VOSLOORUS, SOUTH AFRICA, AUG. 25 -- Thousands of South African police and troops cordoned off this black township and others like it in the Johannesburg region before dawn today and began a search of all residences, disarming their inhabitants of huge quantities of weapons used in the internecine warfare of the past two weeks in which more than 500 people have been killed.
The massive search-and-disarm operation was launched hours after the government declared a limited state of emergency Friday in 19 magisterial districts containing 27 strife-torn black townships.
It also coincided with a general decline in the level of violence, which began tailing off Thursday. Police reported no clashes in any of the troubled areas today.
Police said most of the weapons found were in the large, barracks-like hostels where migrant workers, mostly Zulu tribesmen from Natal province, live.
This tended to support allegations made by many township residents during the fighting that Zulu supporters of Chief Mangosuthu Buthelezi's Inkatha Movement, who are concentrated in the hostels, were the prime aggressors.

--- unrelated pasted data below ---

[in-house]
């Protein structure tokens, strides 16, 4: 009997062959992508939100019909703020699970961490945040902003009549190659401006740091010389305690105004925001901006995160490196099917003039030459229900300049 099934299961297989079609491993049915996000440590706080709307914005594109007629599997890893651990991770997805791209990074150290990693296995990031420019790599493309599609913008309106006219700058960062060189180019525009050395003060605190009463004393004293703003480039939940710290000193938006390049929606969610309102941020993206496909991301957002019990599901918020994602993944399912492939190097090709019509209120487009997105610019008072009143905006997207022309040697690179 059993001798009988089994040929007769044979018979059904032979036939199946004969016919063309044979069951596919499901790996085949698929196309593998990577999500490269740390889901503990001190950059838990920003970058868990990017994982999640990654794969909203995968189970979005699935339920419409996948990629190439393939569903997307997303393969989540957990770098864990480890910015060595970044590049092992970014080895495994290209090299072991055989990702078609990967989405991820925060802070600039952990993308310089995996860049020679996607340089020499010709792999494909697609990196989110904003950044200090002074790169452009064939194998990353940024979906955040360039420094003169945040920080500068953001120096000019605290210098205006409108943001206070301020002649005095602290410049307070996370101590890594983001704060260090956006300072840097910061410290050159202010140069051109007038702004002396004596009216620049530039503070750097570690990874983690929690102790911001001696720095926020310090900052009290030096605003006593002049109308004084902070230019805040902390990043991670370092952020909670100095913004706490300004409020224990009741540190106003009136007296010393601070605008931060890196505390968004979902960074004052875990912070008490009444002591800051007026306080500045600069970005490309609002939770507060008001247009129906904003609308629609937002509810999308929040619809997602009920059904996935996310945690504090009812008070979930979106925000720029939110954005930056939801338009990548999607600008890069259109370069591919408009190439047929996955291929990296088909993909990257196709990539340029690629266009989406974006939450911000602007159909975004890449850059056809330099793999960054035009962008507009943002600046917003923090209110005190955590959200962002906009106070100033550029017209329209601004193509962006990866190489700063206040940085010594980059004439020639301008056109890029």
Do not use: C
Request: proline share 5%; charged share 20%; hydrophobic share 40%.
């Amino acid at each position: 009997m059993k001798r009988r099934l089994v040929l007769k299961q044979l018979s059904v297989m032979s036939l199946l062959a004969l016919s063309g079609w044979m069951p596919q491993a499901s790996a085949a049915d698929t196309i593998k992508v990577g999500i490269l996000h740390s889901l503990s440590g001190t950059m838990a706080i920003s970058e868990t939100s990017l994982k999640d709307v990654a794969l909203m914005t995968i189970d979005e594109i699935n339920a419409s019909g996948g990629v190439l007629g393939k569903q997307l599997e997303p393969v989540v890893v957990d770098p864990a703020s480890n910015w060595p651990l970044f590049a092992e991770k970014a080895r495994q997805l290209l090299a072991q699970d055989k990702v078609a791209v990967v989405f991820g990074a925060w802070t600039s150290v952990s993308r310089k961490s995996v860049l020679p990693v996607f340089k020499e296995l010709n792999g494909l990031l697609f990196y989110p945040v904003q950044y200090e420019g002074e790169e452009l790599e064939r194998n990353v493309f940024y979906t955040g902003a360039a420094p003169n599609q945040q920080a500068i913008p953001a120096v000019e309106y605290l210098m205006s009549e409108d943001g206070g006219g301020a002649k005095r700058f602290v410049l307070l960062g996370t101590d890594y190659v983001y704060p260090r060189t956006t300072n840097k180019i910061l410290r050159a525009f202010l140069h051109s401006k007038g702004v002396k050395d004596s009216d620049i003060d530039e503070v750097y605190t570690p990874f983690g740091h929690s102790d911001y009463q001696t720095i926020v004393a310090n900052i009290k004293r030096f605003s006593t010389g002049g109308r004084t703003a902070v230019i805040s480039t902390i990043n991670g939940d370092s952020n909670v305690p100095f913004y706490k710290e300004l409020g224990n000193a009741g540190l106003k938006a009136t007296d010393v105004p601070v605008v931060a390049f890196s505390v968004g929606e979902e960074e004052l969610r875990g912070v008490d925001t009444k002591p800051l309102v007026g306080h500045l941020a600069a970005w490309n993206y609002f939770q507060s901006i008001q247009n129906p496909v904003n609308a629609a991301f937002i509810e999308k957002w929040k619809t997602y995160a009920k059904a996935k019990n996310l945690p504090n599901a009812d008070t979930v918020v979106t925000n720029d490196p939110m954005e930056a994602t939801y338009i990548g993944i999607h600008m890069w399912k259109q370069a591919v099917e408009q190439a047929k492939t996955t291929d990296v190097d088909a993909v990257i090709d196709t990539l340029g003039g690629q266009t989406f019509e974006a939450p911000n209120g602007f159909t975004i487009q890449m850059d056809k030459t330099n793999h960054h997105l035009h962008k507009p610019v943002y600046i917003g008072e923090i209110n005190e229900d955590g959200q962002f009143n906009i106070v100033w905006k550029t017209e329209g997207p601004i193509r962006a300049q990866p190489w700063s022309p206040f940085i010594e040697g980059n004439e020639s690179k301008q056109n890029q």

Anyone entering or leaving Vosloorus today, a township about 20 miles southeast of Johannesburg where some of the most severe fighting occurred, had to pass through a police cordon and be searched for arms.
The township was crowded with heavily armed police and troops patrolling the streets and sealing off hostels and houses while searchers went through them. Ratel armored cars with heavy machine guns were parked on every major street.
At the bustling police station in the center of the township, Maj. Mike Lombard, a liaison officer, showed reporters a seven-ton truck piled high with spears, battle-axes, machetes and daggers, many of which appeared to have been crudely welded and honed in workshops. There were also hundreds of heavy, knotted clubs called knobkerries. One near the top of the pile was stained with blood.
"We found them everywhere, under beds, in lockers, even hidden in the ceiling," Lombard said of the weapons. Until Friday, the knobkerries were legal for Zulus to carry because the government regarded them as part their "traditional culture."
Two bodies also were found during the search, apparently of people who had been dragged into migrant hostels last night and killed, the major said. One had been stabbed and his body burned, and the other shot, Lombard said.
Similar weapons searches were carried out today in neighboring Kathlehong and Thokoza townships, and in Kagiso, a township west of Johannesburg. Lombard said the operation would continue in all 27 townships in the proclaimed "unrest areas."
Unlike previous large-scale police operations in the townships, this time the inhabitants seemed to welcome the presence of the security forces. For the moment at least, relations appeared good. Several residents said they were glad to see the hostel-dwellers disarmed at last.
"Why didn't they do this days ago?" asked one man waiting in line with police in a grocery store. "Perhaps now we can have peace again."